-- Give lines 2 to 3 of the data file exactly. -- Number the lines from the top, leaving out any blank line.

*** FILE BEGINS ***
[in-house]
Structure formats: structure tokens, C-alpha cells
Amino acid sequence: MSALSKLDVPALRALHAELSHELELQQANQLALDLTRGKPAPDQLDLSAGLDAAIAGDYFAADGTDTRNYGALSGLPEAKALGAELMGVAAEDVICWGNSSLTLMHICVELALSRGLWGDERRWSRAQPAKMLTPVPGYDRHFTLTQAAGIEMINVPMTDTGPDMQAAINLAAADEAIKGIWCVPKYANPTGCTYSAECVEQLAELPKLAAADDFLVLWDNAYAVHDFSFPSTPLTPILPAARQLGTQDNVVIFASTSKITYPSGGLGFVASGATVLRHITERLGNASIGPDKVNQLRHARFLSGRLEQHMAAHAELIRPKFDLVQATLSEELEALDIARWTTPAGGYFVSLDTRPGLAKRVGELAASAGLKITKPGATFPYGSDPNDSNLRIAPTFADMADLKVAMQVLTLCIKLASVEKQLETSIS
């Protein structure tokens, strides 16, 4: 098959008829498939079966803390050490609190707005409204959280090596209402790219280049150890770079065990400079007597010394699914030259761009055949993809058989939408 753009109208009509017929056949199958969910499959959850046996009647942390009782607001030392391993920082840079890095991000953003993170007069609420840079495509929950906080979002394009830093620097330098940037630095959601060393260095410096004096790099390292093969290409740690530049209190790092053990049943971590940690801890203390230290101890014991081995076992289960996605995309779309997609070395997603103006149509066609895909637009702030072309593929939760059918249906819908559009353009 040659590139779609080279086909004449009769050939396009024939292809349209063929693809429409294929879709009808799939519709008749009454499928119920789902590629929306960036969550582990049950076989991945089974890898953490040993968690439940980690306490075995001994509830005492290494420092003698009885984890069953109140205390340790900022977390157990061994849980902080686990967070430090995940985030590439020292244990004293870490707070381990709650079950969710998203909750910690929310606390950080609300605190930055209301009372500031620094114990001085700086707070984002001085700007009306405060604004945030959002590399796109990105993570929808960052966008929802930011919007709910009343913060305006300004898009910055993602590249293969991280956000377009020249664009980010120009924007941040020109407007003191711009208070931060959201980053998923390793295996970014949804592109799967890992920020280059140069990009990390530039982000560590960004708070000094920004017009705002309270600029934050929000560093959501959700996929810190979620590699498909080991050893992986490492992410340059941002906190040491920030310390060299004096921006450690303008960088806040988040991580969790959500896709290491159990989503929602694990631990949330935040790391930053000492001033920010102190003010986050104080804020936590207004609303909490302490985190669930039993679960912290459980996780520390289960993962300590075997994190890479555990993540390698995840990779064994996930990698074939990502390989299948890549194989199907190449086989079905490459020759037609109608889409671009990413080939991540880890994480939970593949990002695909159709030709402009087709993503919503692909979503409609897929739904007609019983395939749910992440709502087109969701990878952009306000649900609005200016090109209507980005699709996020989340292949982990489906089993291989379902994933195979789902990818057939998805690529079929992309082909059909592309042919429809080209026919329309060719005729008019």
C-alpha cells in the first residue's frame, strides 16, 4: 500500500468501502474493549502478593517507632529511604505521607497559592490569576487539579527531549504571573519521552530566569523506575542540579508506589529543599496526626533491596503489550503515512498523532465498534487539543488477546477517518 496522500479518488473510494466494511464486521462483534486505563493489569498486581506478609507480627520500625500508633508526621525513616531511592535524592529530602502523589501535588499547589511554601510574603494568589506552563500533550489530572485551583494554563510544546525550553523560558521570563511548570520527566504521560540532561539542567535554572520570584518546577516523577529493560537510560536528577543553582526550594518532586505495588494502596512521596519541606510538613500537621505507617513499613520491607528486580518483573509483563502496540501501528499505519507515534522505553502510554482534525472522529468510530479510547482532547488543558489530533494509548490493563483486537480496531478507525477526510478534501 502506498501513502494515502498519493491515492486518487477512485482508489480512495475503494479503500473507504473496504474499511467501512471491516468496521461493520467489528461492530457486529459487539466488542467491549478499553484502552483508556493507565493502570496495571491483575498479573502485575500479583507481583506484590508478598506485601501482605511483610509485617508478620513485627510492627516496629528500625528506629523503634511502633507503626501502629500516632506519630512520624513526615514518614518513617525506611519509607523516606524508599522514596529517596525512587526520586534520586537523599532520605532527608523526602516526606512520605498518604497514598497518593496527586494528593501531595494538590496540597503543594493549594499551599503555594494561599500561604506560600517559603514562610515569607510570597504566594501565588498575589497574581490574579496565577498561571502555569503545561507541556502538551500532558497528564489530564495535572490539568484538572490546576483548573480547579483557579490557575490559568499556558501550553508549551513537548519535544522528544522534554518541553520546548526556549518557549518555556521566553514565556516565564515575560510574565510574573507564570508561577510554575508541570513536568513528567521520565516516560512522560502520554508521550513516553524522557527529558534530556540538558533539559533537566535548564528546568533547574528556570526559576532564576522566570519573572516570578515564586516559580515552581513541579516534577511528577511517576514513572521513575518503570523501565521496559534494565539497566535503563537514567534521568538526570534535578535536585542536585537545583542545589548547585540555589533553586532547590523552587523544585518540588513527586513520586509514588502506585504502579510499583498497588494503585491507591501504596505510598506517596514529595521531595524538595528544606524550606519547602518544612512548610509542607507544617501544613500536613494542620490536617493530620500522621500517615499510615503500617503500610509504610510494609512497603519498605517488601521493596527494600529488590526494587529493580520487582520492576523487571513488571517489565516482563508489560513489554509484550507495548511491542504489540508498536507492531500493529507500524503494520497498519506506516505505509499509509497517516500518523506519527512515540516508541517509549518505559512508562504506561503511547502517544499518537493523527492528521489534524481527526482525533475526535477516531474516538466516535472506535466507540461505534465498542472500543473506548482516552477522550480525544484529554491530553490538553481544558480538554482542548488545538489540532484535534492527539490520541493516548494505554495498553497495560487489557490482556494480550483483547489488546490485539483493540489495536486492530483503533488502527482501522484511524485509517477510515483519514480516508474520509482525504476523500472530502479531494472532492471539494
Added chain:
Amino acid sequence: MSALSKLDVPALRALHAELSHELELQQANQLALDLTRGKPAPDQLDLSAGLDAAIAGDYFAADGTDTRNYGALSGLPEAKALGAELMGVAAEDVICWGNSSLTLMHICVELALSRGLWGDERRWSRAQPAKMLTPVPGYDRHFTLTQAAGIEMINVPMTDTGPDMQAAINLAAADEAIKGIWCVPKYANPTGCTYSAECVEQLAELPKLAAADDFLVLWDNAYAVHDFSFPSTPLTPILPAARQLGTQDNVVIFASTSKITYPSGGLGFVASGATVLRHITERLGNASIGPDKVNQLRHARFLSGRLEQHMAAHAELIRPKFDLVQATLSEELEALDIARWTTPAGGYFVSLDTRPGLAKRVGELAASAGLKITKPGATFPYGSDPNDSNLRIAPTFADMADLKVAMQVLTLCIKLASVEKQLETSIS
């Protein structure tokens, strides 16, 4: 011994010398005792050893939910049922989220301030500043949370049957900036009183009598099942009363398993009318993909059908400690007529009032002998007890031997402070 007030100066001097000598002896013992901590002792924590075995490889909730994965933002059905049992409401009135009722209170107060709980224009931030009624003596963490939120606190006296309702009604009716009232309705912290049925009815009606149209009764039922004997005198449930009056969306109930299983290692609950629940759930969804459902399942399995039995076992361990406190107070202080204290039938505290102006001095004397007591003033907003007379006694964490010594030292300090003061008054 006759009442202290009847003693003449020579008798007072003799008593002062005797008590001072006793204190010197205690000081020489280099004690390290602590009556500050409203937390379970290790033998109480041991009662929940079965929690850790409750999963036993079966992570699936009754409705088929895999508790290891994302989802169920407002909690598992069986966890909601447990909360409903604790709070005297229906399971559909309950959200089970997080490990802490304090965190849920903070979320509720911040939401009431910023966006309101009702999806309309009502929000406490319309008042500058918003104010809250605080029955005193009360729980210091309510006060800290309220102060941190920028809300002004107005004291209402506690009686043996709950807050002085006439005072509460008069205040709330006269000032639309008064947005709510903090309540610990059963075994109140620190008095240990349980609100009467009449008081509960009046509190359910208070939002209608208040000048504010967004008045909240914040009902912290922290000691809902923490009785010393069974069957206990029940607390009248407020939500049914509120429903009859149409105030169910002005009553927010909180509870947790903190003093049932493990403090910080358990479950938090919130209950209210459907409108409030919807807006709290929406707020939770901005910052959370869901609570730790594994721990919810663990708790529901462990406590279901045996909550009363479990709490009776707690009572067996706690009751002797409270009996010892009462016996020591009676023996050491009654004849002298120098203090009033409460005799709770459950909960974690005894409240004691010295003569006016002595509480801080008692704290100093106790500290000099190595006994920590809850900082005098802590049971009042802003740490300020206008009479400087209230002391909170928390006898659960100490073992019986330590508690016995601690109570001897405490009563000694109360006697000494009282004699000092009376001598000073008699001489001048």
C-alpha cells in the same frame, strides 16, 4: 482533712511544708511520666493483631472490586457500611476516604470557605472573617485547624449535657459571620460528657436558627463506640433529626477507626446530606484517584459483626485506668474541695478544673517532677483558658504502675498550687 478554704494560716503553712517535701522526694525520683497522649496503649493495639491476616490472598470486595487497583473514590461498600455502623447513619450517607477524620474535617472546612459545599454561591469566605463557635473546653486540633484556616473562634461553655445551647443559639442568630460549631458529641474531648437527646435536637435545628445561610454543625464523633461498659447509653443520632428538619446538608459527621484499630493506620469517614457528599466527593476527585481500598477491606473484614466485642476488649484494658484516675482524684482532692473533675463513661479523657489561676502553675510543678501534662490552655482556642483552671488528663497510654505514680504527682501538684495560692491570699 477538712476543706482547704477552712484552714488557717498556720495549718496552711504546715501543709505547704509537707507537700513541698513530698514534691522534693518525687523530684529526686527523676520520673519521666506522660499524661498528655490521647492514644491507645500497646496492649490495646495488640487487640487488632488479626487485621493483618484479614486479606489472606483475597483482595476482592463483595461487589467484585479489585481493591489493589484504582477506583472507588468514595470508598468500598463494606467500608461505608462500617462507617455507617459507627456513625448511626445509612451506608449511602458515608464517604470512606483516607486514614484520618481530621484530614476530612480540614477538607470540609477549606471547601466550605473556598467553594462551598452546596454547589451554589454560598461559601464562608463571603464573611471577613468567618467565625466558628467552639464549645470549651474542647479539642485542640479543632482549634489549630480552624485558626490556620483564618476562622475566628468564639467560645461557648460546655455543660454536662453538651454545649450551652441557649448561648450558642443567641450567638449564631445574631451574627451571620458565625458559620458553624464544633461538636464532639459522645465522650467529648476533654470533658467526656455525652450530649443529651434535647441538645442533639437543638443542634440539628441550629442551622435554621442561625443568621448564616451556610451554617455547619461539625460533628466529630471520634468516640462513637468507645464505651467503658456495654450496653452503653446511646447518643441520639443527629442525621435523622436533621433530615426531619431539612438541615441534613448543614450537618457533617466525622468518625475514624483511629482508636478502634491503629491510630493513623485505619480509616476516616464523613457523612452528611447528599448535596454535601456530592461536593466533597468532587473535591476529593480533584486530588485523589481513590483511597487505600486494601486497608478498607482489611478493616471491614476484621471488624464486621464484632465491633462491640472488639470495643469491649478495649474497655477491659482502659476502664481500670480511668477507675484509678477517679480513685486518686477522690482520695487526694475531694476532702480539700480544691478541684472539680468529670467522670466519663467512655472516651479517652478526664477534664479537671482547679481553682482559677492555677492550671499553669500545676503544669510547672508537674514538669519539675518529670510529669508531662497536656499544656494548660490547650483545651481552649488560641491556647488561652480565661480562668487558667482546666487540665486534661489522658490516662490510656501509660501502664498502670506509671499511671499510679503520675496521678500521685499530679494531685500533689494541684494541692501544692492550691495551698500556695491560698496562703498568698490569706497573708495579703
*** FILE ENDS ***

Structure formats: structure tokens, C-alpha cells
Amino acid sequence: MSALSKLDVPALRALHAELSHELELQQANQLALDLTRGKPAPDQLDLSAGLDAAIAGDYFAADGTDTRNYGALSGLPEAKALGAELMGVAAEDVICWGNSSLTLMHICVELALSRGLWGDERRWSRAQPAKMLTPVPGYDRHFTLTQAAGIEMINVPMTDTGPDMQAAINLAAADEAIKGIWCVPKYANPTGCTYSAECVEQLAELPKLAAADDFLVLWDNAYAVHDFSFPSTPLTPILPAARQLGTQDNVVIFASTSKITYPSGGLGFVASGATVLRHITERLGNASIGPDKVNQLRHARFLSGRLEQHMAAHAELIRPKFDLVQATLSEELEALDIARWTTPAGGYFVSLDTRPGLAKRVGELAASAGLKITKPGATFPYGSDPNDSNLRIAPTFADMADLKVAMQVLTLCIKLASVEKQLETSIS